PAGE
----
Lobbyists working for the Clark County School Board said the outcome of the midterm election could bode well for local education requests given that the governor-elect and both legislative leaders are from Southern Nevada.
Their comments came as the School Board of Trustees reviewed and approved the district’s 2019 legislative platform, which makes modernizing the state’s K-12 education funding formula the top priority. The gear-up for the approaching legislative session is in full force following Tuesday’s midterm election, in which voters chose Democrat Steve Sisolak as the state’s new governor.
Sisolak, chairman of the powerful Clark County Commission, will be working with Assembly and Senate leaders who are also from Las Vegas. The Democrats, who control both houses of the Legislature, chose Jason Frierson as speaker of the Assembly and Kelvin Atkinson as Senate majority leader.
“The power shifting to Southern Nevada also lends a new lens on what’s going to take place,” said Patrick McNaught, the CEO and senior partner of GP Partnerships, which was hired to help with the district’s lobbying efforts.
McNaught said the focus going forward will be meeting with new elected officials — including many in the state Senate and Assembly who are from the Las Vegas area — and pitching the district’s education platform. (The large majority of Senate and Assembly seats are located in Southern Nevada.)
‘The good news is a majority of them are from here, and it’s a very important issue for them,” he said.
The district’s platform notes that an increase to the base funding formula should allow more investment in staff for key positions such as teachers, support professionals, school police and mental-health workers as well as provide incentives for teachers working in Title I schools. It should also fund professional development for educators, research-based instructional materials and safety enhancements.
The drumbeat for more K-12 education funding has grown louder over the past year and half as the school district — and others across the state — weathered budget deficits that led to cuts. School officials in Clark County have been working to repair the district’s finances but declining enrollment related to charter school growth has complicated those efforts.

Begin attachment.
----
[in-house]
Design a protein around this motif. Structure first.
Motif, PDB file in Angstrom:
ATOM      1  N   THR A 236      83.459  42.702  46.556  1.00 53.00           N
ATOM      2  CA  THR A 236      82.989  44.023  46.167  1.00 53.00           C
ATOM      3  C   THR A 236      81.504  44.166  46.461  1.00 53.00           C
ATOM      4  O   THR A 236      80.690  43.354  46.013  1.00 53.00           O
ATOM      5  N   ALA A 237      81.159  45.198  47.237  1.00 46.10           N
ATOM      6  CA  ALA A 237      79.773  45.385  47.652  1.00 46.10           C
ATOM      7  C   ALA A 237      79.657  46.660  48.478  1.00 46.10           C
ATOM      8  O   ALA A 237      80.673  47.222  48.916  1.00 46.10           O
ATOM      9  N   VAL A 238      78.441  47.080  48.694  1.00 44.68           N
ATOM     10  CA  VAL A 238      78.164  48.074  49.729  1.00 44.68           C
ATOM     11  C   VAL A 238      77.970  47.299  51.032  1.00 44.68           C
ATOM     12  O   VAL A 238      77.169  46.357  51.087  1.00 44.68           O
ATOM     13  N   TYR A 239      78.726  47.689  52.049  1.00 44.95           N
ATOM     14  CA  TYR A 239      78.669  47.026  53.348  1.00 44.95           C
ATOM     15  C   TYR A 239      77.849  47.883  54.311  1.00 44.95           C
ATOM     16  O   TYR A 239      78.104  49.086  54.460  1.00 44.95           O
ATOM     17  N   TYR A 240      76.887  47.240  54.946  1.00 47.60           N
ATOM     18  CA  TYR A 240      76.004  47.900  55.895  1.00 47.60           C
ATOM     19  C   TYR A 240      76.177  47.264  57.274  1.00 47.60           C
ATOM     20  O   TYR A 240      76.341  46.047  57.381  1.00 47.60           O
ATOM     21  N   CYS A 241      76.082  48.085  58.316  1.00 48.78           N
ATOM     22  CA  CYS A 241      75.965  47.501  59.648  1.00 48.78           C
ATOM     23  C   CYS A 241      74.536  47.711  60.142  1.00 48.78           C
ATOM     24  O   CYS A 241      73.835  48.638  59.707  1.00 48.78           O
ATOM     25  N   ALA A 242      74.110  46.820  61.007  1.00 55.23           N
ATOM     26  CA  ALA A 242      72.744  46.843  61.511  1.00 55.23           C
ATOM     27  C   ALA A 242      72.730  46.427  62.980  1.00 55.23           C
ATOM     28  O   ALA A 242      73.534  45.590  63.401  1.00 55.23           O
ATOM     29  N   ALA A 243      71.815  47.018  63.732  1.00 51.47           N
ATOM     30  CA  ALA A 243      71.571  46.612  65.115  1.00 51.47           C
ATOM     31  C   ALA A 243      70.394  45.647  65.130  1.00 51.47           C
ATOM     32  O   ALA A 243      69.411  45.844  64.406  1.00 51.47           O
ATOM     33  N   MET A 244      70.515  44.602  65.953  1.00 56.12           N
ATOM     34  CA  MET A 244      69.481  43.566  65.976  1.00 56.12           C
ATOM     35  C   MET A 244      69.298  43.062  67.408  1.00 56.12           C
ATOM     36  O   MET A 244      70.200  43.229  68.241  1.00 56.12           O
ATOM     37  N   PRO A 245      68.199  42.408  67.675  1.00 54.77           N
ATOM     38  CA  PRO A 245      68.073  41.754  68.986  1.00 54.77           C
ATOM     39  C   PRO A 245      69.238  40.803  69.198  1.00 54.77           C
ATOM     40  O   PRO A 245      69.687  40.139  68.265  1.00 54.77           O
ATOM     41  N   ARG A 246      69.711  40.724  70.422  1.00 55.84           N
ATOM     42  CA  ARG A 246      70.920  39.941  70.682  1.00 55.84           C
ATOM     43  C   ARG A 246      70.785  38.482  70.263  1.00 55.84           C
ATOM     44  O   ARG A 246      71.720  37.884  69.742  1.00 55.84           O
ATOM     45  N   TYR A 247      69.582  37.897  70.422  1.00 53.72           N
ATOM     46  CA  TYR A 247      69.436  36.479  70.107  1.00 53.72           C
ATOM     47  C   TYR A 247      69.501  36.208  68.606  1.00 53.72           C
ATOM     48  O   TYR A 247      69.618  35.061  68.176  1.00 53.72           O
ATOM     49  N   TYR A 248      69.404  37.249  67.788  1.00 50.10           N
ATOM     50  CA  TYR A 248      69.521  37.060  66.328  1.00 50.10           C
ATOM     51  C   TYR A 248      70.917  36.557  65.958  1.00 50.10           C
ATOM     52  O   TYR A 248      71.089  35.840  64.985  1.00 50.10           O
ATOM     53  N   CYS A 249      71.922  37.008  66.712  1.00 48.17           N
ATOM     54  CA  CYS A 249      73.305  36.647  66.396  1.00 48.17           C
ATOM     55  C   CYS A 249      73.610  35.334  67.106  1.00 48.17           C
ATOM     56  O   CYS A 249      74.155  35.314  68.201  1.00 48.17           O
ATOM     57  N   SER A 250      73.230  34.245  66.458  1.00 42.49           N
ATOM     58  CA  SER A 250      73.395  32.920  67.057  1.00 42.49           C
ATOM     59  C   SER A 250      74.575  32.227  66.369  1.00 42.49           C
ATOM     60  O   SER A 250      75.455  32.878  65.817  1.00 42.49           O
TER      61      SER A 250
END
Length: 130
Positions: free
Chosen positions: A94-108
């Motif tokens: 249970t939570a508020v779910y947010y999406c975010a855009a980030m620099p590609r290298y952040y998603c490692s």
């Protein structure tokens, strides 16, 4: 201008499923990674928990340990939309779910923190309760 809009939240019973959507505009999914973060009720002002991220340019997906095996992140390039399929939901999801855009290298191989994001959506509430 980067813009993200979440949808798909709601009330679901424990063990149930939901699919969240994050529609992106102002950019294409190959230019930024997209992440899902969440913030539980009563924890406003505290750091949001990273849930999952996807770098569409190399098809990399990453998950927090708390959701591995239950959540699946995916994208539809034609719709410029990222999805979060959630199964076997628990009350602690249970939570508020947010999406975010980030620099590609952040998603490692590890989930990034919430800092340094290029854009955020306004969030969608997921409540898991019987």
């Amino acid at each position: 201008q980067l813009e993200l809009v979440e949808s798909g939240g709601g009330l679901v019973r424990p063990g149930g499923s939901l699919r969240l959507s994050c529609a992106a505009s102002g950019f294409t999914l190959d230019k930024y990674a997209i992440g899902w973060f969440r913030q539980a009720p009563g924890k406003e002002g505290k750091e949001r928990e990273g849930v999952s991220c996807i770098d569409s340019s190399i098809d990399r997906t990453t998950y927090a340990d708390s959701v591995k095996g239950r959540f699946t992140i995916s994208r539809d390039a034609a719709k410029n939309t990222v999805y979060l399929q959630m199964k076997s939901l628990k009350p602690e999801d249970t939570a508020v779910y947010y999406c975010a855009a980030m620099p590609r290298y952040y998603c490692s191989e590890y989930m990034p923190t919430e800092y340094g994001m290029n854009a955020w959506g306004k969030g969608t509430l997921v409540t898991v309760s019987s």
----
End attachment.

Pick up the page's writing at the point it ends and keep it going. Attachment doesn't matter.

The district ended the 2018 fiscal year with $18.9 million in its unassigned ending-fund balance, which equaled about 0.81 percent of its general operating revenue. The goal is to bring that figure up to 1.75 percent — or roughly $41.3 million — by the end of this fiscal year.
The priorities listed in the district’s platform, while all tied to student achievement, largely revolve around money. District officials would like to see a maintenance fund established, additional resources for the Read by Grade 3 program, more funding for career and technical education and protection of its ending-fund balance from collective bargaining.
But one of the school district’s bill draft requests addresses an entirely different concern — student well-being. The district wants the state to implement a “Handle with Care” initiative related to students who have experienced trauma. The proposed law would require law enforcement officials to notify the Nevada Department of Public Safety and the school district when they encounter a child at the scene of a traumatic event, thereby making sure educators are aware and checking on the well-being of that student.
Trustee Lola Brooks said it’s crucial the community enters the upcoming legislative session with a unified voice regarding the education needs.
“We just need to take this platform and repeat it over and over and over again until we can actually make some progress,” she said.
The 2019 legislative session begins in February.